"There were a lot of fatalities on the scene, and also some when they came in here," Wilkerson said. After the fire, the hospital called one of the Critical Incident Stress Management programs to bring in trained counselors to talk about what happened.
"It's typically the younger folks [who need help], but when it's really a tough case it sort of cuts across the ages of everyone," Wilkerson said.
Increasingly, medical schools and hospitals are incorporating mental health help and training into their programs.
Brown said many programs did not offer a class to help physicians cope with emotional or mental shock when she attended medical school in the early 1990s.
"I think after I graduated they started this topic called wellness," Brown said of her alma mater, the University of California at Los Angeles.
"Right after I graduated, there was a big push to make doctors more human, including teaching people beside manners," she said.
Dr. Alex Rosenau, a member of the board of directors for the American College of Emergency Physicians, said treating doctors' emotional stress is more than a kind thing to do. Rosenau said it can make a difference in work performance.
"Stress can disturb people's thinking, so that later on, in time, they can have flashbacks or memory problems," said Rosenau, who is also the vice chairman of emergency medicine at Lehigh Valley Health Network in Allentown, Pa.
"At a trauma center like mine, we've seen just about anything," he said. "But, just like soldiers on the battlefield, emergency staff is sometimes exposed to things even beyond what they normally see."
When to Call Professional Help
Rosenau has been present during counseling sessions, called "debriefings" under his charge. He said for a hospital system with 9,500 employees, he typically saw only one or two debriefings in a year -- for instance when a child died on the operating table, or when a nurse saw an industrial accident.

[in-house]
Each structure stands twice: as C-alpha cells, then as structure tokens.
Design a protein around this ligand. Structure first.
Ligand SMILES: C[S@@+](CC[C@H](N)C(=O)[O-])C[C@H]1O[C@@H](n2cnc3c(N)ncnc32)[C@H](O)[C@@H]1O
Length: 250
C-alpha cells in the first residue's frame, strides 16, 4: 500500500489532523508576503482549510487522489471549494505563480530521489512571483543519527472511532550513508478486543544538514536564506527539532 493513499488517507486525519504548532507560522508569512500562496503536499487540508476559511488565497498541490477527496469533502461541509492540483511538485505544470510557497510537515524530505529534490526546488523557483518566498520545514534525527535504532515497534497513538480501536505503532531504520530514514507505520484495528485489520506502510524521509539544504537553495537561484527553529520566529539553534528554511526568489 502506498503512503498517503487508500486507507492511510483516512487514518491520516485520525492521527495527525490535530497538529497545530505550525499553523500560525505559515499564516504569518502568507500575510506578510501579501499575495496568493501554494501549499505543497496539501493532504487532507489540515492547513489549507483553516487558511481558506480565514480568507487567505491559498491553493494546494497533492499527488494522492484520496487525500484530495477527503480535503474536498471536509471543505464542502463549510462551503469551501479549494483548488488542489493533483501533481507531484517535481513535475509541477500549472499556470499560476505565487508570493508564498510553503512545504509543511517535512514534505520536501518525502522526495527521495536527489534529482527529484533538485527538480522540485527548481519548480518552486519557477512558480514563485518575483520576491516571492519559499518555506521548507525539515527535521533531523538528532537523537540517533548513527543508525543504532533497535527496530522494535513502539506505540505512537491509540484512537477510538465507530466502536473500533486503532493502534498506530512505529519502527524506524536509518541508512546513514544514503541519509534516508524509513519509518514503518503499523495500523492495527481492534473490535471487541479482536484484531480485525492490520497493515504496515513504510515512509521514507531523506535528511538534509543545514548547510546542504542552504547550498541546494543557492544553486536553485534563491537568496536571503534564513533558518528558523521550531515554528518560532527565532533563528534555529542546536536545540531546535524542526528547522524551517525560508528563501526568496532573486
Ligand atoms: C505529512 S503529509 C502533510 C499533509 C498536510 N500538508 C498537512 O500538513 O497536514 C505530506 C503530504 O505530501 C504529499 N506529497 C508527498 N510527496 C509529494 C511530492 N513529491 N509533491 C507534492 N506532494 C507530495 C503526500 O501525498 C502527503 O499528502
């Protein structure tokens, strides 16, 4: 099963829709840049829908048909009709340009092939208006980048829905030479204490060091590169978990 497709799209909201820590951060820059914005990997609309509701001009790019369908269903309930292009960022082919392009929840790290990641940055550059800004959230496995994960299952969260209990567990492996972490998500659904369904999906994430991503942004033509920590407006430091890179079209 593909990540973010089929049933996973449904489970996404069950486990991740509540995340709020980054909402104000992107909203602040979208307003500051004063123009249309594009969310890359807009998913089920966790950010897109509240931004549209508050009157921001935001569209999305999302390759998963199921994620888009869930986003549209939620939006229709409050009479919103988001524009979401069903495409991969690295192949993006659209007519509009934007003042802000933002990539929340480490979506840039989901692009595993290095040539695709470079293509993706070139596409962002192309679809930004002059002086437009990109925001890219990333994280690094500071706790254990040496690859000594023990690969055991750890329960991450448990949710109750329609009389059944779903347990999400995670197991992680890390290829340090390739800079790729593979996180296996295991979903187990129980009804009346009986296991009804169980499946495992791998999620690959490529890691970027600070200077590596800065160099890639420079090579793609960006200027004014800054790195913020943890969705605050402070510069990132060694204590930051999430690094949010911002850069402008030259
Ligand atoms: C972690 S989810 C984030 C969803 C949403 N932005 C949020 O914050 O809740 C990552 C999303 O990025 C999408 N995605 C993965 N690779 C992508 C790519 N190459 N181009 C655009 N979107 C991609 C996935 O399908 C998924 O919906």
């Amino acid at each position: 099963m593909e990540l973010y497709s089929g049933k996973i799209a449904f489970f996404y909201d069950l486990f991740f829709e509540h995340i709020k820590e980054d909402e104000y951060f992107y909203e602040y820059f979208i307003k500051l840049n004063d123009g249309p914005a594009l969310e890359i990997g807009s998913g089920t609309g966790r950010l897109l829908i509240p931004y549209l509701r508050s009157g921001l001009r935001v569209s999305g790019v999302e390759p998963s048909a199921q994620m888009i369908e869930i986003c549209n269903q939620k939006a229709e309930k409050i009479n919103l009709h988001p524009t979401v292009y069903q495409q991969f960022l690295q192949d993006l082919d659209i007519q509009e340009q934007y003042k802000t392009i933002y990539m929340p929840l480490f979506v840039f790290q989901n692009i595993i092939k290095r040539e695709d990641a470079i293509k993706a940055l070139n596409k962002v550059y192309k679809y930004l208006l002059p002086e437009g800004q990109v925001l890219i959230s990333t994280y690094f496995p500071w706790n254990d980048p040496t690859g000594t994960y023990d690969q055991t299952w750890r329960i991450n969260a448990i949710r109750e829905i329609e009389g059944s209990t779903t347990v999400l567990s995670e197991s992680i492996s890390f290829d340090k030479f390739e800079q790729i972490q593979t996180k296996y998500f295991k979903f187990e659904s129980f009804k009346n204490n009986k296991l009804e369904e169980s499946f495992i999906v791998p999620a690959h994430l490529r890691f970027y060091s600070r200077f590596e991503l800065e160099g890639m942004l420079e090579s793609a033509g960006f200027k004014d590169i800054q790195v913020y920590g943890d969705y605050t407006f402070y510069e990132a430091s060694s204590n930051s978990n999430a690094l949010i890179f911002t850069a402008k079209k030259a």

"That person was called to the site of an industrial accident where the worker's hand got caught in a roller," he said. "When she arrived what she had was a patient crushed, lying on the floor already dead."
Hospital administrators that spoke to ABCNews.com were more likely to report similar small, unpublicized cases when the Critical Incident Stress Management program was called. However, these same crisis teams can treat bystanders, victims and emergency workers in the case of a larger disaster.
The Critical Incident Stress management program came to the aid of firefighters, emergency workers and families during the aftermath of the 2003 Station Nightclub fire in West Warwick, R.I.
Started by a stage light show, the fire quickly engulfed the whole nightclub, killing 97 people and leaving many in the small community in grief.
"Most hospitals and medical institutions realized that if there's something big and traumatic, it's important to have a debriefing with all those involved," Brown said.
For her case, she was glad to go along with her staff to the meeting.
"The hospital I'm at, we have all the different specialties, thank God," she said. "I think that's one of the best things that we have in this country is that were able to mobilize resources so quickly and so effectively."
The Associated Press contributed to this story.